To Save Themselves from Sea Level Rise, The Marshall Islands Want to Raise the Land

Date:27 February 2019 Author: Brendon Petersen Tags:, ,

Rising sea levels threaten every coastline in the world, but the areas most at risk are islands—they’re pretty much all coastline. The several feet of sea level rise predicted over the course of this century would be enough to make more than a thousand islands uninhabitable.

The Marshall Islands, a chain in the western Pacific, have a strategy to keep themselves above water: simply make the land a bit higher.

The Marshall Islands is a collection of 29 atolls in the Pacific, and is home to around 70,000 people. On average, the Marshalls sit about 6.5 feet above sea level. The homes of nearly all of the country’s inhabitants could disappear with just a few feet of warming. So the government must do something to prevent 70,000 people from turning into climate refugees. Short of stopping global climate change all by themselves, it seems like the only solution is to build the islands higher.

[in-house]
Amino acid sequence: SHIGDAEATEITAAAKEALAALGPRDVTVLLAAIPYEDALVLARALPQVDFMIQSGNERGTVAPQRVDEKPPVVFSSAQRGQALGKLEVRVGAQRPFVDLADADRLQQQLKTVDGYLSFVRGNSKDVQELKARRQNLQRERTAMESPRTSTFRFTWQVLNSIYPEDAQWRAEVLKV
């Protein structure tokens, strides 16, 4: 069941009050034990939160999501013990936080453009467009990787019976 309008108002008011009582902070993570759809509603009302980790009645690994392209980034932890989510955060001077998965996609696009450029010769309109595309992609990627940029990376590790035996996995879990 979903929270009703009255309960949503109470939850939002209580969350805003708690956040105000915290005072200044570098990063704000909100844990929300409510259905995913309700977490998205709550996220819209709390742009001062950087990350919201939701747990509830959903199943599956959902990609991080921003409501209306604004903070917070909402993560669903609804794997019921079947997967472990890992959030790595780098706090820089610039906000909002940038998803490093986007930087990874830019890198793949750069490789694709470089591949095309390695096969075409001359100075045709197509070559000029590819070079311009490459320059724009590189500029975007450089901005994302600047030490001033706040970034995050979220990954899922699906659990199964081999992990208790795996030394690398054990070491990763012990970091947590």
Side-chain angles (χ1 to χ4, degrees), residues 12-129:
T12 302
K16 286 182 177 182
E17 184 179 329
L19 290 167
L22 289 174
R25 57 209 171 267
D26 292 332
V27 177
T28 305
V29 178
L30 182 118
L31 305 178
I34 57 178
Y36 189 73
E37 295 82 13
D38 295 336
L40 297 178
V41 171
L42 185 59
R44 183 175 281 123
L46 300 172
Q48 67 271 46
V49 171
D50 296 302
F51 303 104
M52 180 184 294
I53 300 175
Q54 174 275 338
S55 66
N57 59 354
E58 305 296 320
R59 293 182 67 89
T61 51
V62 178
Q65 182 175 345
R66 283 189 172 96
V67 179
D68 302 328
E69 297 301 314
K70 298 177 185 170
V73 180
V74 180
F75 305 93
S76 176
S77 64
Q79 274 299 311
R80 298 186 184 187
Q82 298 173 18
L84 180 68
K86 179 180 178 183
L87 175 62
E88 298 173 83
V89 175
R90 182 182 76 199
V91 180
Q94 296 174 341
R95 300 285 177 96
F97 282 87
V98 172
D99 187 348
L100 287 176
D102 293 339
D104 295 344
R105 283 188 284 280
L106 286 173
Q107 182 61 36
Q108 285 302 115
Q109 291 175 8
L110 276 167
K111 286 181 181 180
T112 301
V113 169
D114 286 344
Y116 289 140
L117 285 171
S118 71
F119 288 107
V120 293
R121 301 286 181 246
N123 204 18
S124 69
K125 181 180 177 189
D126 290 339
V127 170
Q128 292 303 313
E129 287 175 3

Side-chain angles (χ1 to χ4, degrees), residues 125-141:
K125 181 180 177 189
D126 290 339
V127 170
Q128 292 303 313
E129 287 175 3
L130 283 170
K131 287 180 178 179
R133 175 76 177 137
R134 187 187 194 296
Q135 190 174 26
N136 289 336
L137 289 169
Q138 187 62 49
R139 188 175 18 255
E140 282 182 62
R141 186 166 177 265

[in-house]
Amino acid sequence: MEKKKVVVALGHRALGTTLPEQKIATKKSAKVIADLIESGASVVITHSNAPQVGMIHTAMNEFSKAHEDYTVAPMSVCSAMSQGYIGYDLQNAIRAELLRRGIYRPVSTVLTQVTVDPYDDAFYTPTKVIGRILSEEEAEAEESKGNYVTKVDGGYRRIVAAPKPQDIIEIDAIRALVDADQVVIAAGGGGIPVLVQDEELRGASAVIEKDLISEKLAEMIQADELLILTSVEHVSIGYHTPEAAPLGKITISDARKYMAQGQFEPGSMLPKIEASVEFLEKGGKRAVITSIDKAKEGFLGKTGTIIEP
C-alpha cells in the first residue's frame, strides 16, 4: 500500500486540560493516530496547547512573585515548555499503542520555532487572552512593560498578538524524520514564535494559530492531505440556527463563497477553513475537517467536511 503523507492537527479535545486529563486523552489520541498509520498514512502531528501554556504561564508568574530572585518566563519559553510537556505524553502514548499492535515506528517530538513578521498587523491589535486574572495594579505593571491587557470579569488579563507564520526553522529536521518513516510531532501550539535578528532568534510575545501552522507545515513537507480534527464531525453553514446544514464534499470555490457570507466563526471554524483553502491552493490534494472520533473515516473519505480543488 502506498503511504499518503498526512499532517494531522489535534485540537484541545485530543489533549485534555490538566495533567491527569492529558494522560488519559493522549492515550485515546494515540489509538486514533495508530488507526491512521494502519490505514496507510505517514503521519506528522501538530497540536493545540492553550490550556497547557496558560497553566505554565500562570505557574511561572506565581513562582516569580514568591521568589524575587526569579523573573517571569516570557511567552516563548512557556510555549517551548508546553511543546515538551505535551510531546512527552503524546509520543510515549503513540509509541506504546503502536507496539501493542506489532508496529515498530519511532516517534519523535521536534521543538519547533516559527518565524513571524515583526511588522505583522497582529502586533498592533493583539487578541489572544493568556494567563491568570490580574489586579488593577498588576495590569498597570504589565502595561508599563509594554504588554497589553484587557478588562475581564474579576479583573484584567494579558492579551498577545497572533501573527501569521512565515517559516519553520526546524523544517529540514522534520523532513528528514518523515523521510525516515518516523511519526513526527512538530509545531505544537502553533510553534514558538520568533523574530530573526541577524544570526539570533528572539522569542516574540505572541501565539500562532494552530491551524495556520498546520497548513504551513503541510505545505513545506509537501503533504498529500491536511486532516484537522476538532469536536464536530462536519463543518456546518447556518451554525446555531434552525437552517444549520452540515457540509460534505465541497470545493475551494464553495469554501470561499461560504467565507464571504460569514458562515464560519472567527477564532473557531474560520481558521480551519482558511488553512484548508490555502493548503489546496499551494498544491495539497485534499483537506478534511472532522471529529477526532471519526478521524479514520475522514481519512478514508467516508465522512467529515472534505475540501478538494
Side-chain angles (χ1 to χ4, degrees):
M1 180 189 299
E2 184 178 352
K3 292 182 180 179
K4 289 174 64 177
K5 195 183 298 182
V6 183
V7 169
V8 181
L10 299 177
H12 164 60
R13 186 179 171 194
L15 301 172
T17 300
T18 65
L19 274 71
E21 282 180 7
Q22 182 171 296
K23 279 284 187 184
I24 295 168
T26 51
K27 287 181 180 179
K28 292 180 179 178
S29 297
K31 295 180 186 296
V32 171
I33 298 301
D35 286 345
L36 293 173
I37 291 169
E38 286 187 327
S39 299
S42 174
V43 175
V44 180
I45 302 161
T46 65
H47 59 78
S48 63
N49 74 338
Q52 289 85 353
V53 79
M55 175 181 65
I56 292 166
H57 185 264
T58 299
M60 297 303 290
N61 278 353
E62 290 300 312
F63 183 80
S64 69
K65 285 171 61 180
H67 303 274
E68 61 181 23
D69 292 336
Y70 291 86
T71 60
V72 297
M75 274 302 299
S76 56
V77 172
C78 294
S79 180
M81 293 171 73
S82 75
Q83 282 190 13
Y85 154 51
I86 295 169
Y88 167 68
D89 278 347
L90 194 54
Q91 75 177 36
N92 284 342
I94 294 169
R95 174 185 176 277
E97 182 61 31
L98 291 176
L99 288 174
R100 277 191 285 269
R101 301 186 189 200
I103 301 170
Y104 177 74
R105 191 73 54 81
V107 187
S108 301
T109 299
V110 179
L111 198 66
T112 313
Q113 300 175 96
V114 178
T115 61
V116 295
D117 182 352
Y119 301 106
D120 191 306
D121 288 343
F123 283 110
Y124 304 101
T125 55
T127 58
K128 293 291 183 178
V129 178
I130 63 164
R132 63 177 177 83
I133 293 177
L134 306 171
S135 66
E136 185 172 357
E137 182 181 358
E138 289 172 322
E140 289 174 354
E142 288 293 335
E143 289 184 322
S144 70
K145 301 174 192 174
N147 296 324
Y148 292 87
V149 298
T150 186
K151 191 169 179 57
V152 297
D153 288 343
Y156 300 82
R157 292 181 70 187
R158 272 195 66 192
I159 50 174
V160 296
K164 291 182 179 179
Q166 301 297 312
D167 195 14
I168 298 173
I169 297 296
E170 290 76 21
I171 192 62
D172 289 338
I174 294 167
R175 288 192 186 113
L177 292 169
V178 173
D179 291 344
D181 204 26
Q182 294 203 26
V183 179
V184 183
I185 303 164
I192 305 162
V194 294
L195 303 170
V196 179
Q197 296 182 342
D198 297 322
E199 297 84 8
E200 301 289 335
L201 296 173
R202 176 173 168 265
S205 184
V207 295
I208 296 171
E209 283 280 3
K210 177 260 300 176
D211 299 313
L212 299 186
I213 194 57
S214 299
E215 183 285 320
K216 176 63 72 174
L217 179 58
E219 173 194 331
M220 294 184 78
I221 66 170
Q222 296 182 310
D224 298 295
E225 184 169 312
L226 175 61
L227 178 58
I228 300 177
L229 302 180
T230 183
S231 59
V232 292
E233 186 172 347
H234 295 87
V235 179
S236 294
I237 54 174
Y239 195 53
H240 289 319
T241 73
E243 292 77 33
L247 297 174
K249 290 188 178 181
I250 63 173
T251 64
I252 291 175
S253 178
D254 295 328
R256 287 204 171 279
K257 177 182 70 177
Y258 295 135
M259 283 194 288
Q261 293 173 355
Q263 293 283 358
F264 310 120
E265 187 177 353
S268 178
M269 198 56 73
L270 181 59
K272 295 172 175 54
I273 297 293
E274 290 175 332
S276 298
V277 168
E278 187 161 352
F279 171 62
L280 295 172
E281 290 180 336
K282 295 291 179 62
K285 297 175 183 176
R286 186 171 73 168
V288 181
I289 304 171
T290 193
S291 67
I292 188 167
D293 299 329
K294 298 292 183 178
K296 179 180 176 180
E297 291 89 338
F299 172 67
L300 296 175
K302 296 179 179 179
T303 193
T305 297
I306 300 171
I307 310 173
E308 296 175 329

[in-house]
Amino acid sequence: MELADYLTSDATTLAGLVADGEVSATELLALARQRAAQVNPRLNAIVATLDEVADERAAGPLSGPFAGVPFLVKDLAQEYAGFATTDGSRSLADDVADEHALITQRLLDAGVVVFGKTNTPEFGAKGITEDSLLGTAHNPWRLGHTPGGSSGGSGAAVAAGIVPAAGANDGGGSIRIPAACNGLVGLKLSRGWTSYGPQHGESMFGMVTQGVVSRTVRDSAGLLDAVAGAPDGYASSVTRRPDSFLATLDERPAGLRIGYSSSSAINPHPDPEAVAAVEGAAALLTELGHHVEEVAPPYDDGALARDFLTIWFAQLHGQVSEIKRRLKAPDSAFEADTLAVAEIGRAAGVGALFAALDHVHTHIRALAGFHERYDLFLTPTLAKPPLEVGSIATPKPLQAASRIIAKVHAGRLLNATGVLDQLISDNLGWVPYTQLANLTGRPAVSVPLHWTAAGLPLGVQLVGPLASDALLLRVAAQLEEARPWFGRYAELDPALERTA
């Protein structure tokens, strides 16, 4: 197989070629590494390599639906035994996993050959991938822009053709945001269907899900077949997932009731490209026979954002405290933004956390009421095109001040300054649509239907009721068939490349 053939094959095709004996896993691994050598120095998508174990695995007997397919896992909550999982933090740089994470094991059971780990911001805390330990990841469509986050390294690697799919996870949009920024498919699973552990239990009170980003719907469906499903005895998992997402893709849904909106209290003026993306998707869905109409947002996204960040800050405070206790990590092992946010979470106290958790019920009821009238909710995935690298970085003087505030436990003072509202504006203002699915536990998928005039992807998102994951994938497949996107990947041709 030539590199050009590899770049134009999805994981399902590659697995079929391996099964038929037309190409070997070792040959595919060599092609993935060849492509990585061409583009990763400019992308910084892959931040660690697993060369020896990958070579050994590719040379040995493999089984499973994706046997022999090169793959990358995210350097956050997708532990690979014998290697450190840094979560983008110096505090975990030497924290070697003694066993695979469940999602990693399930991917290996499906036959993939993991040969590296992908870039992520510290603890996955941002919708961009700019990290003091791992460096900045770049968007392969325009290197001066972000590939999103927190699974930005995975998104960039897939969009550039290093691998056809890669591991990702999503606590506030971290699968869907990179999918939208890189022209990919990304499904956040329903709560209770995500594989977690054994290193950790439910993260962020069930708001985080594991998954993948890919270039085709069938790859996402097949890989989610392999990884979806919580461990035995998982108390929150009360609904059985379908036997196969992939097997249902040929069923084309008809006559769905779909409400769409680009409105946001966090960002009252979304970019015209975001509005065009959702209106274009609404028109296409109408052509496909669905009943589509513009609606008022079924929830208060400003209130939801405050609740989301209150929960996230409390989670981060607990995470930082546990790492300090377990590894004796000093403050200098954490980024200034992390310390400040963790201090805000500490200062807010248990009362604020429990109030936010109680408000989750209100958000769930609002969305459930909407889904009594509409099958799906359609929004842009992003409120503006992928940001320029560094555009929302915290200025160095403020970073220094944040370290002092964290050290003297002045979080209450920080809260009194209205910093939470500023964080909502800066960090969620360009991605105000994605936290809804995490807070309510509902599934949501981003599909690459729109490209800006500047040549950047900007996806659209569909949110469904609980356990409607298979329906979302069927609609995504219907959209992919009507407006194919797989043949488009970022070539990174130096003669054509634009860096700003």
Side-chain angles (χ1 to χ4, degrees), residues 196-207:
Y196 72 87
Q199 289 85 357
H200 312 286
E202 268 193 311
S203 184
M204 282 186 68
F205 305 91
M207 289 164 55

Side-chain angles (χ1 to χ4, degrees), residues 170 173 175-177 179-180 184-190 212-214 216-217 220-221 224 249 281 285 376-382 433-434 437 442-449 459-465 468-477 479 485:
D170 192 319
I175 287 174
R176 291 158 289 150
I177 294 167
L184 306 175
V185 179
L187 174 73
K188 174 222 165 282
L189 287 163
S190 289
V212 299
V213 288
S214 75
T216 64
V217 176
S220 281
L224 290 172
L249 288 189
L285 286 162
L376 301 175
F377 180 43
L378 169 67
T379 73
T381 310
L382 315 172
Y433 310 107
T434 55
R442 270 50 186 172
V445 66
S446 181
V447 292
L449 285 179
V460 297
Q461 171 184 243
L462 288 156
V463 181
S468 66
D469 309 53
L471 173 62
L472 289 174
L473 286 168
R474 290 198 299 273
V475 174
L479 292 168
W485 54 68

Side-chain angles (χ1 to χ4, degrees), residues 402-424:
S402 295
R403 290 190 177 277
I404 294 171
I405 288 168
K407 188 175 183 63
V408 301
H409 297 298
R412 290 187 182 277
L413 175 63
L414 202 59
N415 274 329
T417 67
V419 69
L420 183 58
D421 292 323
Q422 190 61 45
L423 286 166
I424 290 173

A new announcement from the president of the Marshall Islands cements this approach as official policy. “Raising our islands is a daunting task but one that must be done,” said President Hilda Heine in an interview with the Marshall Islands Journal.

Just how in the heck are they going to do that? Raising dozens of islands by several feet is extremely expensive. And raising elevation has never been attempted on this scale before. The Marshalls, and the handful of other island nations in the same boat, aren’t exactly sure how this is supposed to happen.

Fortunately, the Marshalls have a few decades to figure out a strategy and implement it before rising sea levels make their whole population homeless. If they manage to figure out an approach that actually works, it could be used as a template for other countries who are struggling with vulnerable coastlines. The Marshalls could not only save their own population, but millions of people around the world.

Originally posted on Popular Mechanics

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